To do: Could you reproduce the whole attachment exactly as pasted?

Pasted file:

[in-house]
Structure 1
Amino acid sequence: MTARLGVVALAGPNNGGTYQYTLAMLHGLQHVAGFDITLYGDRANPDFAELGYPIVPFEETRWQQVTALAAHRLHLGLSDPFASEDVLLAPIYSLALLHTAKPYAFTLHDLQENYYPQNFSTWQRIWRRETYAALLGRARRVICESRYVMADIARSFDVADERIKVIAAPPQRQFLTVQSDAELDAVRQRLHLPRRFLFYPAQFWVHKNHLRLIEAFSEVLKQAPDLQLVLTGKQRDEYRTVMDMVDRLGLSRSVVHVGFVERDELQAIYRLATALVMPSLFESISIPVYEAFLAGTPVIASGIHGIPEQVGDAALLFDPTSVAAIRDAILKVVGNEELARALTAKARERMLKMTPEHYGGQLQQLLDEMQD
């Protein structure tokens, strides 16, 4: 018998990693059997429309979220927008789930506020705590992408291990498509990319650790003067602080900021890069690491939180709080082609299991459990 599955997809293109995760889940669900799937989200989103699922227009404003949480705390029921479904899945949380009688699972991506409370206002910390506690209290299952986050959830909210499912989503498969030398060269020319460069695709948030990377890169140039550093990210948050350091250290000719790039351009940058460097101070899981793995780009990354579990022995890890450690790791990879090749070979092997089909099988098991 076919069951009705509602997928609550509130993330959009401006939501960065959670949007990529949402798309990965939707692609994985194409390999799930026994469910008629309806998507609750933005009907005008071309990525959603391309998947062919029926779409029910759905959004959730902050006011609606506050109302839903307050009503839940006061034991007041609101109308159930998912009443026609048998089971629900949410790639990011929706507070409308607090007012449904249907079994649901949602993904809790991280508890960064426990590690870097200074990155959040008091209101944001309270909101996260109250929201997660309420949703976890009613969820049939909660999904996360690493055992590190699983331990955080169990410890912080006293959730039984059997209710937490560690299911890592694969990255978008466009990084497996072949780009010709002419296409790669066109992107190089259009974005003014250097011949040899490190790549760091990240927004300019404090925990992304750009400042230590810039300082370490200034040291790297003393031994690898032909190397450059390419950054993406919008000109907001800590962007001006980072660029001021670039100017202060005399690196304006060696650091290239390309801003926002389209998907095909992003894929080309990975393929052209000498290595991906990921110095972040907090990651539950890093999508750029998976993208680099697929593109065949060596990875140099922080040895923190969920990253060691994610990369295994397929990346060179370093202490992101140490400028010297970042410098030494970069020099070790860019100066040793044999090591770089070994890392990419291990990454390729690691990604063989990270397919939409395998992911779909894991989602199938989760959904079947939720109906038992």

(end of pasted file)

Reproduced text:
[in-house]
Structure 1
Amino acid sequence: MTARLGVVALAGPNNGGTYQYTLAMLHGLQHVAGFDITLYGDRANPDFAELGYPIVPFEETRWQQVTALAAHRLHLGLSDPFASEDVLLAPIYSLALLHTAKPYAFTLHDLQENYYPQNFSTWQRIWRRETYAALLGRARRVICESRYVMADIARSFDVADERIKVIAAPPQRQFLTVQSDAELDAVRQRLHLPRRFLFYPAQFWVHKNHLRLIEAFSEVLKQAPDLQLVLTGKQRDEYRTVMDMVDRLGLSRSVVHVGFVERDELQAIYRLATALVMPSLFESISIPVYEAFLAGTPVIASGIHGIPEQVGDAALLFDPTSVAAIRDAILKVVGNEELARALTAKARERMLKMTPEHYGGQLQQLLDEMQD
């Protein structure tokens, strides 16, 4: 018998990693059997429309979220927008789930506020705590992408291990498509990319650790003067602080900021890069690491939180709080082609299991459990 599955997809293109995760889940669900799937989200989103699922227009404003949480705390029921479904899945949380009688699972991506409370206002910390506690209290299952986050959830909210499912989503498969030398060269020319460069695709948030990377890169140039550093990210948050350091250290000719790039351009940058460097101070899981793995780009990354579990022995890890450690790791990879090749070979092997089909099988098991 076919069951009705509602997928609550509130993330959009401006939501960065959670949007990529949402798309990965939707692609994985194409390999799930026994469910008629309806998507609750933005009907005008071309990525959603391309998947062919029926779409029910759905959004959730902050006011609606506050109302839903307050009503839940006061034991007041609101109308159930998912009443026609048998089971629900949410790639990011929706507070409308607090007012449904249907079994649901949602993904809790991280508890960064426990590690870097200074990155959040008091209101944001309270909101996260109250929201997660309420949703976890009613969820049939909660999904996360690493055992590190699983331990955080169990410890912080006293959730039984059997209710937490560690299911890592694969990255978008466009990084497996072949780009010709002419296409790669066109992107190089259009974005003014250097011949040899490190790549760091990240927004300019404090925990992304750009400042230590810039300082370490200034040291790297003393031994690898032909190397450059390419950054993406919008000109907001800590962007001006980072660029001021670039100017202060005399690196304006060696650091290239390309801003926002389209998907095909992003894929080309990975393929052209000498290595991906990921110095972040907090990651539950890093999508750029998976993208680099697929593109065949060596990875140099922080040895923190969920990253060691994610990369295994397929990346060179370093202490992101140490400028010297970042410098030494970069020099070790860019100066040793044999090591770089070994890392990419291990990454390729690691990604063989990270397919939409395998992911779909894991989602199938989760959904079947939720109906038992």